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and importance. They were debased by absurd puerilities, and vitiated by the vain and presumptuous ignorance which characterized the astrology of the middle ages. For these reasons the writer intimated his intention (if he lived to return to England) to destroy Fornian's manuscripts, together with sundry other books, and a few commentaries of his own upon studies which had for a while misled him — all now deposited in the safes of the room in which I sat.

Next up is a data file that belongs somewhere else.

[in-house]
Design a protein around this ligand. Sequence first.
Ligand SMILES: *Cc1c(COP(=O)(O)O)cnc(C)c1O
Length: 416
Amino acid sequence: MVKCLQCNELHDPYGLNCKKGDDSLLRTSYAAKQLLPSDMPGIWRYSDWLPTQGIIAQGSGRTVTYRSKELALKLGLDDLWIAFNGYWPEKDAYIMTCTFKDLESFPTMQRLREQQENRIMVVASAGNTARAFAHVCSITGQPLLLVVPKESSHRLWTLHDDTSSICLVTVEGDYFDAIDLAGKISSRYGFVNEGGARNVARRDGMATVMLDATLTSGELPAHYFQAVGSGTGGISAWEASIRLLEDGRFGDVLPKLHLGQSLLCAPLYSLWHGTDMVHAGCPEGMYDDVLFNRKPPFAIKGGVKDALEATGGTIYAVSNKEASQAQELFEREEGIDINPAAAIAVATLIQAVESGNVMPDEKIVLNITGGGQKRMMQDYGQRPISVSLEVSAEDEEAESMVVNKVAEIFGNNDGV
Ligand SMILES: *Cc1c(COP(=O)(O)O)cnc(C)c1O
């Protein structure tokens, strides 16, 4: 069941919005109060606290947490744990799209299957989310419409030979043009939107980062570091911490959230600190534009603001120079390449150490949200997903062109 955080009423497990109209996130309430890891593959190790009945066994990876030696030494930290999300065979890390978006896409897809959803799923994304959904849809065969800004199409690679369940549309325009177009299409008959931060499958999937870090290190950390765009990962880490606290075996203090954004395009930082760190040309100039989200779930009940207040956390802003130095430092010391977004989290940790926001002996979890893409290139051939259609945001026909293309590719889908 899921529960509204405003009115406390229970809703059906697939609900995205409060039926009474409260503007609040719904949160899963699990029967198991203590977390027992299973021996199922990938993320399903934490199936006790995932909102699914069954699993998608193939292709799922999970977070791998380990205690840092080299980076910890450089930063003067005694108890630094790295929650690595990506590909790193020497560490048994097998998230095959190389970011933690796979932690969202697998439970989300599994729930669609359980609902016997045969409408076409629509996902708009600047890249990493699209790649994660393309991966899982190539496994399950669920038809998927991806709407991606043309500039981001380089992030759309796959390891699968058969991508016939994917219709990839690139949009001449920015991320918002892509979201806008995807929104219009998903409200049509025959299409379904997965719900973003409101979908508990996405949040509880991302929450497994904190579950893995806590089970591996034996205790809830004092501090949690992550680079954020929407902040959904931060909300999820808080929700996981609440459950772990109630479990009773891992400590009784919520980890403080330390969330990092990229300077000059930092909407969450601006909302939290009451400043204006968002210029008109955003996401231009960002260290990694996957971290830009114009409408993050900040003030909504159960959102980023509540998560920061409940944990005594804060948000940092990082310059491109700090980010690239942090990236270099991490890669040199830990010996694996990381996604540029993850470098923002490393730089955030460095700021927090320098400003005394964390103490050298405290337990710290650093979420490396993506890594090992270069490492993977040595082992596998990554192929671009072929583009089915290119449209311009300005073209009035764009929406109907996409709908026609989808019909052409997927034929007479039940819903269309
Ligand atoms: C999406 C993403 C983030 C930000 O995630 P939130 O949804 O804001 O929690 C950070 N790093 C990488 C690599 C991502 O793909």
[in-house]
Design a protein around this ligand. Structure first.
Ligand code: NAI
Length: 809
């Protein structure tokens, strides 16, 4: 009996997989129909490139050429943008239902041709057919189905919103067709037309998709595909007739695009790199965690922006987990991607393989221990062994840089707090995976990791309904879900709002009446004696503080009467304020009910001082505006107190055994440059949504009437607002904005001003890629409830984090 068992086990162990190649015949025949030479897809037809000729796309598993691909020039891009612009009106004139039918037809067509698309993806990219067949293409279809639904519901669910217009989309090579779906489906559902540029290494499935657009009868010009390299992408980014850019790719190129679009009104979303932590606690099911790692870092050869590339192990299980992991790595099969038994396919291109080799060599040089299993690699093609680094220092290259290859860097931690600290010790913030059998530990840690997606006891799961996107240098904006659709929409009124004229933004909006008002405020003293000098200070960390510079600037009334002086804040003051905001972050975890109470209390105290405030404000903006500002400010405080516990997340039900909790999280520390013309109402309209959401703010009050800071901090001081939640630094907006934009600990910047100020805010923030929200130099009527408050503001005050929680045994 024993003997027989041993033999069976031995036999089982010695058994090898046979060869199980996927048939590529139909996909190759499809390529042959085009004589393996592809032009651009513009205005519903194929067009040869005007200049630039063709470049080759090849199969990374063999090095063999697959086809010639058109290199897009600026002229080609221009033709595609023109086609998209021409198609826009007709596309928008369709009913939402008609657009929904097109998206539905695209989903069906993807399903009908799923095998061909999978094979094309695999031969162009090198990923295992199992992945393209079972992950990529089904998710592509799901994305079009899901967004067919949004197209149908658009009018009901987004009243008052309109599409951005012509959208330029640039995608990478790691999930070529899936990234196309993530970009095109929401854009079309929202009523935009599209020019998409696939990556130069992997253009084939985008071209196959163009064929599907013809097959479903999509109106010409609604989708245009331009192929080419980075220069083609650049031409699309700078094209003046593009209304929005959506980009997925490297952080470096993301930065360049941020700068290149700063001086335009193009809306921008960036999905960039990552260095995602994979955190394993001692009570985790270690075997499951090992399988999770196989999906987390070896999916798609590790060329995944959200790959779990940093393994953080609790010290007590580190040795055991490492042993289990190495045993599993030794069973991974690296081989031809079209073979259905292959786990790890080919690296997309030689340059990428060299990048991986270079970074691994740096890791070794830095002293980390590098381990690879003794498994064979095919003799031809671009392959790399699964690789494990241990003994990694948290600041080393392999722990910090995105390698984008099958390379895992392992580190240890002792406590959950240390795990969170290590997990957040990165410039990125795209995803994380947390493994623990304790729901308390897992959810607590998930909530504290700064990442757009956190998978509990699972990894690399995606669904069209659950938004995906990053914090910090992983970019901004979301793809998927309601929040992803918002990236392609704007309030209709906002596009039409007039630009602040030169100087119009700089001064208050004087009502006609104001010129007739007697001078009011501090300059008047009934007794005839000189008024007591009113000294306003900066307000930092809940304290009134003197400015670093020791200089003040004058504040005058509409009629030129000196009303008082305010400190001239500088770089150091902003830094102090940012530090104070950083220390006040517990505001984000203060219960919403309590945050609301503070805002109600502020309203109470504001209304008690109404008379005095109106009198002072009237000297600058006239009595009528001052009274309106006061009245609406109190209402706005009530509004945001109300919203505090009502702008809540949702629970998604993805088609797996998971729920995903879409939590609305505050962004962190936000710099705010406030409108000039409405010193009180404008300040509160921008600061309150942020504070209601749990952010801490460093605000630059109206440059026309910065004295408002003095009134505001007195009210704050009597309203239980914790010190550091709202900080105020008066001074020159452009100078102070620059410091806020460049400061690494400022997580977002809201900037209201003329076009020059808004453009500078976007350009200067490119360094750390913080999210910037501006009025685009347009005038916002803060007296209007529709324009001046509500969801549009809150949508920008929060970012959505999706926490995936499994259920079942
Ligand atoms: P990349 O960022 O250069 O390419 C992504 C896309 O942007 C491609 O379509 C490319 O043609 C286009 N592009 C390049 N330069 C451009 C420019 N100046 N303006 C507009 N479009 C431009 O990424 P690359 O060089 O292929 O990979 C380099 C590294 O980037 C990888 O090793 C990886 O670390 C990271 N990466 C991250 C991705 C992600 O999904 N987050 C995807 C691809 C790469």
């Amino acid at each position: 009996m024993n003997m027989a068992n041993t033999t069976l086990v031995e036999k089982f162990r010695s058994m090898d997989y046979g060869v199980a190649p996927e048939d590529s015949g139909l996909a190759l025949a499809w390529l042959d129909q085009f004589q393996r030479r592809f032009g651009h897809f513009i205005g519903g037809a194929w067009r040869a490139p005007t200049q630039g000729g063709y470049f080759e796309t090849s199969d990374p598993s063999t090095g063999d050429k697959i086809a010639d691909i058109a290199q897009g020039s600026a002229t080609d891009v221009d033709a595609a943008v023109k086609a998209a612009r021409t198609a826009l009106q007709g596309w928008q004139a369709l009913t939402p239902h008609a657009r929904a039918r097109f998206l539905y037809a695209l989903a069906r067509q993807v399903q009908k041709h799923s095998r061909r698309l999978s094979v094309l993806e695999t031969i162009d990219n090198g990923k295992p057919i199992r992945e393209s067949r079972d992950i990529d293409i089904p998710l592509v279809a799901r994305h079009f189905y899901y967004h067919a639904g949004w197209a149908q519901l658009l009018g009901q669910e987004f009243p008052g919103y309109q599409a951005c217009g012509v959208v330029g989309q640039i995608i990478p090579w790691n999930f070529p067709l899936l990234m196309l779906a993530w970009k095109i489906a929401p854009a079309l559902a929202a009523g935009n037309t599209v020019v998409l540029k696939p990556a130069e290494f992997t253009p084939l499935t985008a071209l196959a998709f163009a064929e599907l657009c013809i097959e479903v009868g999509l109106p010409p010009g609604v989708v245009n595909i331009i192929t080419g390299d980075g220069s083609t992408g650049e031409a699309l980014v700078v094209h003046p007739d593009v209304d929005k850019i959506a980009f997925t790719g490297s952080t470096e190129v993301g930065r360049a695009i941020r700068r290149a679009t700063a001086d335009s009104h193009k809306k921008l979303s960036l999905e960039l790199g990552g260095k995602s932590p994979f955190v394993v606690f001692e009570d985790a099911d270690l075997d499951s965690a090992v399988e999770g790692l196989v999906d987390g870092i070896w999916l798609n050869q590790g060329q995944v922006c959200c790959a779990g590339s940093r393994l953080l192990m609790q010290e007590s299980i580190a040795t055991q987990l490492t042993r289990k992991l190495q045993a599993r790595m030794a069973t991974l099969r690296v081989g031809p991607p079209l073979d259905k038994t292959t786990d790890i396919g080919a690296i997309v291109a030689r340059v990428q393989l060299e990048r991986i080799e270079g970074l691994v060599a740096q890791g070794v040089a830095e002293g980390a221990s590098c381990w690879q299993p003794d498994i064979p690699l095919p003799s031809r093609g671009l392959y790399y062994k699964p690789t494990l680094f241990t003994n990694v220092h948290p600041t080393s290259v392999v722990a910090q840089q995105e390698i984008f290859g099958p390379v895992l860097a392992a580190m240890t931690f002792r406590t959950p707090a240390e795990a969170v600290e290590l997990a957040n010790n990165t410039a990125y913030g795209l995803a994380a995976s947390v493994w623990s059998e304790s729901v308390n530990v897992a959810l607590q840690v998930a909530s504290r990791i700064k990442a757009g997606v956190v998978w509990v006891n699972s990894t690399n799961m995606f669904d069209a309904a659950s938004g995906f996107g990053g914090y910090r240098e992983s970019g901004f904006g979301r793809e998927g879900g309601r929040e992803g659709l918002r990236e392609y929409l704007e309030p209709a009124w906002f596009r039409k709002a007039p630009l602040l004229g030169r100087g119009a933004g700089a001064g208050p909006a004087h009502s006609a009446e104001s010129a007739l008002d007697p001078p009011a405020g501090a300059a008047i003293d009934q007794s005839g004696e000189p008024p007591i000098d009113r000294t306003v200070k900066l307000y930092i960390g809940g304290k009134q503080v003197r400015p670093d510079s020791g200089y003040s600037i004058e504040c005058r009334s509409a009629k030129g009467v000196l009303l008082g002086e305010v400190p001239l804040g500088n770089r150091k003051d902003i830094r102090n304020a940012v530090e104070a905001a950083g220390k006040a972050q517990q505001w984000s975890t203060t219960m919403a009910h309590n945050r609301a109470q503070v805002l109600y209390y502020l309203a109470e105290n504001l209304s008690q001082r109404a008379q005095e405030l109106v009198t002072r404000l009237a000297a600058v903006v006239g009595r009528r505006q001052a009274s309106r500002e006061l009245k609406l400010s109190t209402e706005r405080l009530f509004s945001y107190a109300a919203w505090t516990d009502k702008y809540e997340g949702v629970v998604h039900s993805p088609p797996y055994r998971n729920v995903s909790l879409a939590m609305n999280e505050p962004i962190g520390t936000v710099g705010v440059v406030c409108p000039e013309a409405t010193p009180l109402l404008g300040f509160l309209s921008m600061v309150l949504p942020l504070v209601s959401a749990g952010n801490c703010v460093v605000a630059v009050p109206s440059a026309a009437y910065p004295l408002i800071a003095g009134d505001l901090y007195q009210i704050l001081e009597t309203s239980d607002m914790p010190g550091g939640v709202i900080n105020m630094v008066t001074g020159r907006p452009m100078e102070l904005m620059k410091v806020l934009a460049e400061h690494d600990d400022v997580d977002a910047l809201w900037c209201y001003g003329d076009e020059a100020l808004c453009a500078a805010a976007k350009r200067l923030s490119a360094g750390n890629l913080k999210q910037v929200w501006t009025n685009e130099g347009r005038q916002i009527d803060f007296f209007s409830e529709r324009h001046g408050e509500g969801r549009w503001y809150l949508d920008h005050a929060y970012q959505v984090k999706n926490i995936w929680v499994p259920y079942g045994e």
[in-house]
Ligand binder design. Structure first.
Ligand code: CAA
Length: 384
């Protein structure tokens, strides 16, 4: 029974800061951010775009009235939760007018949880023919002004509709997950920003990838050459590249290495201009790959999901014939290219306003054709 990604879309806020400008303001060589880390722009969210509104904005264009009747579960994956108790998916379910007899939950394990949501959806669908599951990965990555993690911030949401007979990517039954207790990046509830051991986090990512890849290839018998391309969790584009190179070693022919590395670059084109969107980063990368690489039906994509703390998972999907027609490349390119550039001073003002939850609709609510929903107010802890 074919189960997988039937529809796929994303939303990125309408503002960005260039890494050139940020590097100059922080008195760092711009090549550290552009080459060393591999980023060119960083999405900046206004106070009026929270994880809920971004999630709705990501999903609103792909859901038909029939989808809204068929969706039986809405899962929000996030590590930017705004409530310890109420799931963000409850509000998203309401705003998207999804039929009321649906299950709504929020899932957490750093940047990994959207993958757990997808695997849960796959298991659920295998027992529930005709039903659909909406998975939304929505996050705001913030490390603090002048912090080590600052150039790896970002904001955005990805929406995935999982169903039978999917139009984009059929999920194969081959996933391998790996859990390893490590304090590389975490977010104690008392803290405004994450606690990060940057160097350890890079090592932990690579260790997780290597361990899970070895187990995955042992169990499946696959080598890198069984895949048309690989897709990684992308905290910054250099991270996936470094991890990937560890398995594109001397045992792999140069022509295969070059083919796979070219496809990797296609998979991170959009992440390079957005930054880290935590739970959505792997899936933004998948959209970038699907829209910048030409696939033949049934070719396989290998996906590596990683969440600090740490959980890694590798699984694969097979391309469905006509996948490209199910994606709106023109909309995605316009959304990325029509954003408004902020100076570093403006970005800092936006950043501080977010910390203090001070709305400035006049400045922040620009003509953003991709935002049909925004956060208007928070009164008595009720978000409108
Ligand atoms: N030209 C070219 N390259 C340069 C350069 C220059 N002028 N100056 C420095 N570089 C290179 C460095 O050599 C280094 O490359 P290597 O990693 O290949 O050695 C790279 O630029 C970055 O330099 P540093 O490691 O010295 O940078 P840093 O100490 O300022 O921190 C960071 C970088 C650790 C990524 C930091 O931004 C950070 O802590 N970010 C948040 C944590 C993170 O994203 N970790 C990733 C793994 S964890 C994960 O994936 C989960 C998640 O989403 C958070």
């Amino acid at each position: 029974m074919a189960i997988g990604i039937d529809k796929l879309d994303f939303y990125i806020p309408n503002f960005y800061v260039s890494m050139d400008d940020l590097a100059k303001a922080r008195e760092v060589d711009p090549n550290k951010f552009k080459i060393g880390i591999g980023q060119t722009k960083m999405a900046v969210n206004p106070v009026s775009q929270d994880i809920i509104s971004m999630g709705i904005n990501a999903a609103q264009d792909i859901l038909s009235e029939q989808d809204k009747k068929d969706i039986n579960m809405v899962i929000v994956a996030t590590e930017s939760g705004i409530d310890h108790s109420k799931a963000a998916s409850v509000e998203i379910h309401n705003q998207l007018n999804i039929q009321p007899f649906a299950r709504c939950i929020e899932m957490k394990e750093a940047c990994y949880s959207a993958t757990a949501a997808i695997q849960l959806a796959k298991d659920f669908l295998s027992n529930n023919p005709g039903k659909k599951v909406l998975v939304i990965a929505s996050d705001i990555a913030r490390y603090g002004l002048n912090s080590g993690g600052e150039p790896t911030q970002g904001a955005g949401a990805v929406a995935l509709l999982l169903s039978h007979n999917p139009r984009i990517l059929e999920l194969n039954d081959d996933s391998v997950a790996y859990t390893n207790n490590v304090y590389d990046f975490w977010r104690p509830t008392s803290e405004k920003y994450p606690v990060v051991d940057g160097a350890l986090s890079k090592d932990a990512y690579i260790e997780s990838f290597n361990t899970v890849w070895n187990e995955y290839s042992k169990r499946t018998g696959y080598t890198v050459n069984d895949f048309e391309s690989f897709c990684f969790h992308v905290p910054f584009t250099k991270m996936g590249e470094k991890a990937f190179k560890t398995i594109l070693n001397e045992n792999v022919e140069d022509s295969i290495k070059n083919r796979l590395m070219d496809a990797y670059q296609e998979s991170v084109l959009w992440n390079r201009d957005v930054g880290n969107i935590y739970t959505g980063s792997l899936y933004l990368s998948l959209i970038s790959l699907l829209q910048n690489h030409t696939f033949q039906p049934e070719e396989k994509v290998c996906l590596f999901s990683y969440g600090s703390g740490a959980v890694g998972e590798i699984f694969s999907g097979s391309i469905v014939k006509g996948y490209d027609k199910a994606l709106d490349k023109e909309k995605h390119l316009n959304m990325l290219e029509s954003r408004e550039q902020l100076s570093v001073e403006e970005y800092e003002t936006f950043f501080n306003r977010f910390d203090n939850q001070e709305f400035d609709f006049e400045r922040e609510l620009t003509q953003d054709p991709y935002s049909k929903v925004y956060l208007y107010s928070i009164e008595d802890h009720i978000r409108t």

After some years passed in the retirement of Derval Court, Sir Philip was seized with the desire to travel, and the taste he had imbibed for occult studies led him towards those Eastern lands in which they took their origin, and still retain their professors.